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Why Do My Tires Screech When I Turn?

As a vehicle owner, you may have noticed your tires make a loud screeching sound when you make a sharp turn. Minor sounds are abnormal but loud screeches are a cause for concern. To help you understand why this occurs, we have made extensive research and here are our findings. 

Tires screeching is a result of the inability of the vehicle to maintain full traction when turning. Some of the causes of screeching when you turn are; acceleration, braking, worn-out tread, poorly inflated tire, misalignment of the vehicle wheel, etc.

If you continue reading this post, you will learn more about the causes mentioned above and ways you can stop the screeching. We would also talk about screeching in wheels and how to repair a wheel bearing.

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A race drift car burning tires on playground, Why Do My Tires Screech When I Turn?

Why Do My Tires Screech and Squeal When I Turn? 

During acceleration, turning, and breaking, you most often hear an unusual sound. This sound is caused by a tread skidding against the top surface of the earth. However, this doesn’t signify any issue in the vehicle.

Outside view of a car driving down the street

Abnormal screeches however mean there might be a problem you should check out. Here are some of the reasons your tires may produce a screech and squeal sound.

Acceleration

Tires will be caused to spin at an increased rate than they do initially during acceleration. It is called peeling out. The tire of the vehicle may slip before they regain complete traction. The squealing sound effect is heard when the rubber of the tread peels off and remains on the road.

Braking

If the vehicle experiences hard braking, tires will be caused to slow down and this leads to an increased speed. Your tires may screech or squeal to indicate that it has been dragged rather than rolling, and some rubber has been left on the ground.  

Worn Out Thread

Tires that have been used over an extended period and are experiencing wear and tear will screech and squeal more. You may experience less road grip if you have irregular tread patterns. Taking turns, accelerating and braking will cause more cases of sliding to the tires.    

Underinflation of Tires

Tires that are underinflated can not withstand the physical forces experienced when taking a turn. If the tires are properly aired, taking turns or accelerating will not cause any unusual sound because they are in a better shape and position.

When the vehicle's tires are lessened, it loses stable traction to turn the car smoothly. Rubber will come off sideways and this leads to a squeal. Also, the tread life of the tire is extended when tires are filled with proper pressure.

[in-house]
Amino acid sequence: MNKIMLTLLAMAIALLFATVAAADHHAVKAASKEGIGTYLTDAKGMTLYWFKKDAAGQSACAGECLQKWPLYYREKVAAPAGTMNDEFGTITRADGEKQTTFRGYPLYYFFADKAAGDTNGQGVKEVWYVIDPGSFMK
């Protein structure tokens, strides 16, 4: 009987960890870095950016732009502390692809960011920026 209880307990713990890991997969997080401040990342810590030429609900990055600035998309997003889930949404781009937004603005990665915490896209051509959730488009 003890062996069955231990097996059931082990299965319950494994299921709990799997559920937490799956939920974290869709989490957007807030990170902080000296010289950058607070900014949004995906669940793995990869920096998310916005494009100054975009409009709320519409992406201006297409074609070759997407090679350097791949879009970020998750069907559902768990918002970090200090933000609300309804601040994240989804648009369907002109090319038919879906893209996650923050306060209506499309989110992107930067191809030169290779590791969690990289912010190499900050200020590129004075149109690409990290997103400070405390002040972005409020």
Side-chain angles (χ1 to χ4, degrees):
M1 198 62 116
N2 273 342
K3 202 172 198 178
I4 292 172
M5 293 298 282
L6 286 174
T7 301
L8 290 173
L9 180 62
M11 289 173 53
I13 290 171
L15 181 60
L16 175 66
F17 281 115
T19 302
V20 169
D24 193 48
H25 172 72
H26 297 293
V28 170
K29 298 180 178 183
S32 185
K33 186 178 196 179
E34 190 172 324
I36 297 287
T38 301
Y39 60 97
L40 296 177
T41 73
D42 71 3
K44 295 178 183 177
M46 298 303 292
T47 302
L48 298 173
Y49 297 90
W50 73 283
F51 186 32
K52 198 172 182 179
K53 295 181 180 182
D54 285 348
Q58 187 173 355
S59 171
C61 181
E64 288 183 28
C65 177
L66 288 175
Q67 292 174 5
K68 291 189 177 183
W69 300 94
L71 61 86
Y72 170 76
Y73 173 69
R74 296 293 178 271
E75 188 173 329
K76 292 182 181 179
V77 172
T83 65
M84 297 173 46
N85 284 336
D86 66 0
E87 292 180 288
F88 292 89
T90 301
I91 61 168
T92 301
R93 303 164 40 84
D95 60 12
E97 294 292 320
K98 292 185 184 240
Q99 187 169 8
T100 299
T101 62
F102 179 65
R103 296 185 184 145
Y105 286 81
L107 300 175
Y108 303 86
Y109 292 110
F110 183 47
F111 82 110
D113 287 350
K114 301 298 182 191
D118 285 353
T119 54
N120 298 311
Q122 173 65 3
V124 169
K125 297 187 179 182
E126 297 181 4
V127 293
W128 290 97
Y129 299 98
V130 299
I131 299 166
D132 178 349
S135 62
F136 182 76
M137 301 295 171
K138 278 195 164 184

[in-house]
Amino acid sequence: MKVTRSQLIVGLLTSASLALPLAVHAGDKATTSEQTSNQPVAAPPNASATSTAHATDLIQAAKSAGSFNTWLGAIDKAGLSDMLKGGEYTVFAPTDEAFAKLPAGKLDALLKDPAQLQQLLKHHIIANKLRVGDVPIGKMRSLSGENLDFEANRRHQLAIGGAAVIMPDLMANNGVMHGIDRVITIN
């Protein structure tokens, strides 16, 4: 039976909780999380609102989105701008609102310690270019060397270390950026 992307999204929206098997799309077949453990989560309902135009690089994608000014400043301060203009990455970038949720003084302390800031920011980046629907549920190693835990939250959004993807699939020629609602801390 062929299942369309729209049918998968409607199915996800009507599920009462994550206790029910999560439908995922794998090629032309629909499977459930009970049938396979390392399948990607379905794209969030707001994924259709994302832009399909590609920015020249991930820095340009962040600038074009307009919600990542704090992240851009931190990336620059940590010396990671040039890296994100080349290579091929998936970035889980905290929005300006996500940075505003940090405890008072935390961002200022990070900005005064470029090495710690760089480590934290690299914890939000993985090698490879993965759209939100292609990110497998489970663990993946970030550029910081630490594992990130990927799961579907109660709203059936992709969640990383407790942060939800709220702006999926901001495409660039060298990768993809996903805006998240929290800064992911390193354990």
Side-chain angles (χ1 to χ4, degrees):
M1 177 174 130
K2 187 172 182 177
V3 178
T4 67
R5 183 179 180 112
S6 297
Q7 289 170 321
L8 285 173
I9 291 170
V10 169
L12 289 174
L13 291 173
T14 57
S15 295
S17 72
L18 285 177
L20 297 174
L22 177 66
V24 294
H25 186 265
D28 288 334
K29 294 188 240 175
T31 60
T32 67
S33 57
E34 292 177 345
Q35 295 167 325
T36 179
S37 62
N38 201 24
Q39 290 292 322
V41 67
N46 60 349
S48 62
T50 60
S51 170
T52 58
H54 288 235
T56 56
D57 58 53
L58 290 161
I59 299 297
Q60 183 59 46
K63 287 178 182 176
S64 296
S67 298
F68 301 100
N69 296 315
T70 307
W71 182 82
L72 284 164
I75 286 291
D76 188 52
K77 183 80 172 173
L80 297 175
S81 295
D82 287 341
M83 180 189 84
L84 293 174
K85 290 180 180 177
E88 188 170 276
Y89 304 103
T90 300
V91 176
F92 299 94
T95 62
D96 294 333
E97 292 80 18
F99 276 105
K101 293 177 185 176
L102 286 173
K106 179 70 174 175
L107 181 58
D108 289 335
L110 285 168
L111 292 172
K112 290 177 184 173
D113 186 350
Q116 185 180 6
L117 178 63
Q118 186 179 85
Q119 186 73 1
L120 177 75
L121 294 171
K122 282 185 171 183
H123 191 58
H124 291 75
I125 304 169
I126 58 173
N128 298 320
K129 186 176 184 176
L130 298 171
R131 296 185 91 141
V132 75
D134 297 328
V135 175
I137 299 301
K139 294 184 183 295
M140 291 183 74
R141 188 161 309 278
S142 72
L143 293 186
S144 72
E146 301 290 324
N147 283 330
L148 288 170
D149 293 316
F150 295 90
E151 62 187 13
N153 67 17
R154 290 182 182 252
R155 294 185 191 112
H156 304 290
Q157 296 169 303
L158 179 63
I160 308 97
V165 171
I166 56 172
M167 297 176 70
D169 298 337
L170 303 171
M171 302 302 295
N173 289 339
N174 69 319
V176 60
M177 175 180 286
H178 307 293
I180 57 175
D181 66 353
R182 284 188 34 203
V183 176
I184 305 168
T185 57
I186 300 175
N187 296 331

How Do I Stop My Tires From Screeching? 

Taking a precise measurament

 If the screeching sound continues, this can mostly mean your tires need maintenance and consideration of renewal if needed. To eliminate this sound that can be triggered by diverse causes, follow these steps:

  • Regularly check the pressure of your tire.
  • Control your driving habits.
  • Carry out an effective tire maintenance routine.
  • Have a regular tire maintenance schedule. 

There are so many reasons your vehicle may experience a little issue when it comes to sliding on road surfaces and maintaining full traction. Any unusual noise that doesn’t feel right can be easily taken care of using the above information.

Is Tire Screeching Bad? 

Screeching can be caused by different things, however, when your vehicle screeches, it doesn’t cause any damage to the vehicle. Rather it shortens the life of the tires and treads. burn-out screeching or sharp turns will quickly weaken the tire and tread.

This in turn will decrease the durability of your tires and equally stress out the engine and transmission. Considering the tire model, most screeching and squealing are warning signs of a faulty tire but not damage.    

Why is My Wheel Making a Screeching Sound?

Simply put, squeaking or screeching is the result of two materials moving against each other. This can also be noticed when rubbing your hand on a wet glass or rubber.

When this occurs, it can be harmless but when a vehicle collides with an external material, this can cause damage. Here are some of the various reasons your car wheel is making a screeching sound.

Bad Road Conditions

Poor road conditions contribute to the repeated squeaking sound heard when driving. If the road is under construction, tires may experience wear out and it adds extra vibration due to the rough road.